A man has died after an accident during filming for the Channel 4 programme Time Team, it was revealed yesterday.
The man, who has not been named, was re-enacting a joust scene last month for a forthcoming special episode of the popular programme at Rockingham Castle, Northamptonshire.
During filming, a splinter from the tip of a jousting pole flew into the eye-slit of the man's helmet after clashing with his shield.
The tip of the pole, made from balsa wood, is designed to split on impact. However, a splinter flew into man's eye-socket and hit the soft tissue behind the eye. He was taken to University College Hospital in Coventry, where he remained in a stable condition for several days but died a week later in hospital.
The programme was being made by Production Company VideoText Communications. The producer of the show, Philip Clarke, described the tragedy as "an unfortunate accident".
Known to be in his late forties, the victim was part of a professional acting group that regularly re-enacted fight scenes. His family have asked that his name be kept private.
A Channel 4 spokeswoman said yesterday: "We have been shocked and deeply saddened by this tragic accident. The professional company of historical enactors has an excellent safety record and took all the appropriate and necessary precautions and it does sadly appear that this was a tragic, freak accident".
The Health and Safety Executive is investigating the accident and will report in due course. The spokeswoman defended Channel 4's commitment to on-set safety. "We take issues of health and safety extremely seriously for all our programmes" she said, adding "We will continue to ensure organisations we work with meet all appropriate safety requirements".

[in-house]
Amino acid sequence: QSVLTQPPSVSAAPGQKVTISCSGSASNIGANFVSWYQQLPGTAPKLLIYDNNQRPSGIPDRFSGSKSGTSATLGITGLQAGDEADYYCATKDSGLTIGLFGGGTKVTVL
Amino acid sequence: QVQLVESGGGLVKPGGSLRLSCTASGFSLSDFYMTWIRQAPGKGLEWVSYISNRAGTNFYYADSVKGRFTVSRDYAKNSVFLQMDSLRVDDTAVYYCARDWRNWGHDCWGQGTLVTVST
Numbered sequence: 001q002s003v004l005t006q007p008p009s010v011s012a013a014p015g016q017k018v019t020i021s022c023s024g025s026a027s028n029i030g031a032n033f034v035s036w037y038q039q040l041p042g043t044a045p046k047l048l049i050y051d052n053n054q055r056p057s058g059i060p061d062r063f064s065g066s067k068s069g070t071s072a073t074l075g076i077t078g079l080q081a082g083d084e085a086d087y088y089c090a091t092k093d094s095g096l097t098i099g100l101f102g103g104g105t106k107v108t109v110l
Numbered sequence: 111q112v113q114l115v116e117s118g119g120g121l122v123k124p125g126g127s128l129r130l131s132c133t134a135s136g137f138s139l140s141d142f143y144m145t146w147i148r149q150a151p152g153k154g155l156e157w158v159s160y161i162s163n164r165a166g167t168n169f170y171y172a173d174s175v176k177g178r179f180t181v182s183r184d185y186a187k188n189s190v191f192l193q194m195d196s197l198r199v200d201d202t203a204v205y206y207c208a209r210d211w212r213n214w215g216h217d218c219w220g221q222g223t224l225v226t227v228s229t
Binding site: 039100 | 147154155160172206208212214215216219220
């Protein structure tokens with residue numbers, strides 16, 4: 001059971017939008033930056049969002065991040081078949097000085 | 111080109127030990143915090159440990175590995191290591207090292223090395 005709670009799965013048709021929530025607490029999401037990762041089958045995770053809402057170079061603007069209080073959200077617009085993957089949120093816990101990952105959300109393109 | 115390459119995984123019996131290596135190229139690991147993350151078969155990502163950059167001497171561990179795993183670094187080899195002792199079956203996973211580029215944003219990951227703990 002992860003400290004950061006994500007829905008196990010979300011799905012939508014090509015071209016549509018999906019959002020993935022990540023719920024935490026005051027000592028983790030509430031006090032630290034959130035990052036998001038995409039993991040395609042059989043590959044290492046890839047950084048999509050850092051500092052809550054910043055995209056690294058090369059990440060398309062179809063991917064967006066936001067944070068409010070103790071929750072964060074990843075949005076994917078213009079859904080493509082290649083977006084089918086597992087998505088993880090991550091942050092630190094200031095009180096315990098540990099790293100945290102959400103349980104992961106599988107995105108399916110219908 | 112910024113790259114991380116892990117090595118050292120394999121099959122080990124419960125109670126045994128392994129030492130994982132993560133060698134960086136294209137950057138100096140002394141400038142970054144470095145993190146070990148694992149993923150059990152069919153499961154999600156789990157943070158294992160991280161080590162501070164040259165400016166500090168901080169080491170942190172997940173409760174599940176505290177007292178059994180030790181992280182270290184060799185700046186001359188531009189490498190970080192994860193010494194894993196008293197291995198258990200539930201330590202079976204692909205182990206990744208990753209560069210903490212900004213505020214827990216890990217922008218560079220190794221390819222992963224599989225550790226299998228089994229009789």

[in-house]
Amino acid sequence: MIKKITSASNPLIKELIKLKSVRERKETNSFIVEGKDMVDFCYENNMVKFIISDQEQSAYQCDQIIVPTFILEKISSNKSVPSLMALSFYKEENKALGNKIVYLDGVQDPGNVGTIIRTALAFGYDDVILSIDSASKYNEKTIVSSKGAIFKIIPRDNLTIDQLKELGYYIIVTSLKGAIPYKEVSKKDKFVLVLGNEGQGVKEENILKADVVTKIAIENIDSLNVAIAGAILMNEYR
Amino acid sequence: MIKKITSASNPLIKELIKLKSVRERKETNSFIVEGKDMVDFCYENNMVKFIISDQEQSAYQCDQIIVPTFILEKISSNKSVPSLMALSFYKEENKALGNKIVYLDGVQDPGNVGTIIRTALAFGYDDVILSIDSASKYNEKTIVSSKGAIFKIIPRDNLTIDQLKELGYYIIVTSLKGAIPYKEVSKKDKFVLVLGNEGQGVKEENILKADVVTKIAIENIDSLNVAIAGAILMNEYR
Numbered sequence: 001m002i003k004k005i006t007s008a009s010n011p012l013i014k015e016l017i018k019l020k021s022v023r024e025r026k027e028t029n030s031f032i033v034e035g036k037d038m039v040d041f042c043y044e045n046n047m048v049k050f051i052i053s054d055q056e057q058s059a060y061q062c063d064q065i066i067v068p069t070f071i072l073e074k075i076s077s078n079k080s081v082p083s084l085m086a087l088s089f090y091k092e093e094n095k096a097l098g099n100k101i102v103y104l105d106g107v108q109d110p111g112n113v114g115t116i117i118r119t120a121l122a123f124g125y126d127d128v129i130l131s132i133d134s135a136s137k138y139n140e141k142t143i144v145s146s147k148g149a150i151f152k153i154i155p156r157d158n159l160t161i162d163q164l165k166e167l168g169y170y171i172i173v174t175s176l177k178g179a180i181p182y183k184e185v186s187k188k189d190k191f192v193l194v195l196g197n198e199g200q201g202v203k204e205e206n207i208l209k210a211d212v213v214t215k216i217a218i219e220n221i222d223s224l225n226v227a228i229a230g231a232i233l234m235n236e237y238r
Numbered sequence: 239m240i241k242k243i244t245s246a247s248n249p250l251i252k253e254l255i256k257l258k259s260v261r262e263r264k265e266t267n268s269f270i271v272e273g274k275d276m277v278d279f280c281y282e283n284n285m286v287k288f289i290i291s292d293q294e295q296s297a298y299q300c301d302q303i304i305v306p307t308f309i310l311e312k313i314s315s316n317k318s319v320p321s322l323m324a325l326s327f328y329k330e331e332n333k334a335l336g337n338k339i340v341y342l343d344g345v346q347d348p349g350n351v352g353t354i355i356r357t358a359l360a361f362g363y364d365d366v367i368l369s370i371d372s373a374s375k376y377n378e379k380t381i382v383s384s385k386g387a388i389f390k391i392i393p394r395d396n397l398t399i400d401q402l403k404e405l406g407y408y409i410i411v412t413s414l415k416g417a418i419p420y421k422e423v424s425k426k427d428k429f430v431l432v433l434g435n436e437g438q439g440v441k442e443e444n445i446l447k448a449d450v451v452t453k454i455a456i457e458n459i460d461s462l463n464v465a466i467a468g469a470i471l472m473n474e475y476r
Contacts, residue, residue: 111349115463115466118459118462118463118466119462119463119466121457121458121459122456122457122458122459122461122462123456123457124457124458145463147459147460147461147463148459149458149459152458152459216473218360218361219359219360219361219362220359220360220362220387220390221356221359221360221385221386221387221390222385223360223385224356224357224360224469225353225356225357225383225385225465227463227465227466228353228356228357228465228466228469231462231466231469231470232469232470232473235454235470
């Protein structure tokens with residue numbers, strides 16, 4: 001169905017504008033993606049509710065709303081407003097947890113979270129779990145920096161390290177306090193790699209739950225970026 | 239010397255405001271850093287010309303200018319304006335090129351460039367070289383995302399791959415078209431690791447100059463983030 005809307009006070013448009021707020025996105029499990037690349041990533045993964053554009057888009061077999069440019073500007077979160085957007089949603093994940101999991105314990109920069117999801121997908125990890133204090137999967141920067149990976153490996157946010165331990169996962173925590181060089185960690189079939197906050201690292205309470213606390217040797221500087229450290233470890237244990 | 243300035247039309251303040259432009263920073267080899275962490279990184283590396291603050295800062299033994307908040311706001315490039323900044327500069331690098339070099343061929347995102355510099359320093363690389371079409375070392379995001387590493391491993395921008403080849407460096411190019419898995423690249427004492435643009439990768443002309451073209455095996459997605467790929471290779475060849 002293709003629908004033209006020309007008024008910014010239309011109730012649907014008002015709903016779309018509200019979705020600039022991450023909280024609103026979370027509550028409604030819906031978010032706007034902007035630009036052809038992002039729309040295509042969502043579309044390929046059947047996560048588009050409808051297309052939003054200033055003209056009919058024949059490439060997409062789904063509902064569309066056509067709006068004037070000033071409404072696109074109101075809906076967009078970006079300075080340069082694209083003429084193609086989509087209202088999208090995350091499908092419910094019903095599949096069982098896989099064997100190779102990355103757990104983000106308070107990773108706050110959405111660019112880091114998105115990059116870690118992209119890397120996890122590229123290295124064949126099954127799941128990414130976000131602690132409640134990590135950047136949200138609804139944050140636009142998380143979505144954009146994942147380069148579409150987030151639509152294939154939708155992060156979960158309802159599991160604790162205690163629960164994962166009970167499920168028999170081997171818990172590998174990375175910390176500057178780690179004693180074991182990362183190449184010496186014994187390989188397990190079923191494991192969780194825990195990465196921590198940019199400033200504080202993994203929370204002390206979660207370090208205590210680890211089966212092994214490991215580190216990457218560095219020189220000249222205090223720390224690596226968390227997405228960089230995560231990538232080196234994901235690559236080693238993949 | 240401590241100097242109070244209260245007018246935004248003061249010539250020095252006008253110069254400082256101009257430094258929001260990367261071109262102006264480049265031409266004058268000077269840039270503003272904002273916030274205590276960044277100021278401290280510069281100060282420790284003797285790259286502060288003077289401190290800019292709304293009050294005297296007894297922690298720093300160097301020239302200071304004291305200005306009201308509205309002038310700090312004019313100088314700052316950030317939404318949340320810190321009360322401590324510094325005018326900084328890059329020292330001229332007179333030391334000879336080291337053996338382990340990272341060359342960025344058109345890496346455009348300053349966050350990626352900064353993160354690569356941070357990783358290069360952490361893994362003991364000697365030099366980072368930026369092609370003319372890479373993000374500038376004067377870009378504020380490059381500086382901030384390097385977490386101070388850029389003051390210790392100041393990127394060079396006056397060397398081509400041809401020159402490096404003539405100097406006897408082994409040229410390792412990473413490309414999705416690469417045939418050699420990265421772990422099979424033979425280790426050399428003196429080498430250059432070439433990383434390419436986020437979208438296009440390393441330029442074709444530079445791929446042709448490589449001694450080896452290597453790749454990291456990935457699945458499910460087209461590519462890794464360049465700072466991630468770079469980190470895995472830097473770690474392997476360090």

The accident took place on 13 September , during filming for a Time Team special episode chronicling the life of Edward III and his Round Table at Windsor. The episode will be broadcast next year with a dedication to the victim, though it will not feature the re-enactment.
Safety of participants in television shows became a hotly debated issue in 1986, when a similar tragedy took place during the filming of Noel Edmonds' The Late, Late Breakfast Show. Michael Lush, a 25-year-old volunteer who had been selected to take part in a live stunt for the "Whirly Wheel" section, was killed during a bungee jump rehearsal. Amid the subsequent controversy Mr Edmonds almost retired from television but was persuaded to continue by the then head of BBC, Bill Cotton. The show was later axed.
Despite this latest incident, re-enactments will continue to feature as a part of Time Team, the show which follows a team of archaeologists as they dig up an area of historical interest.Reuse content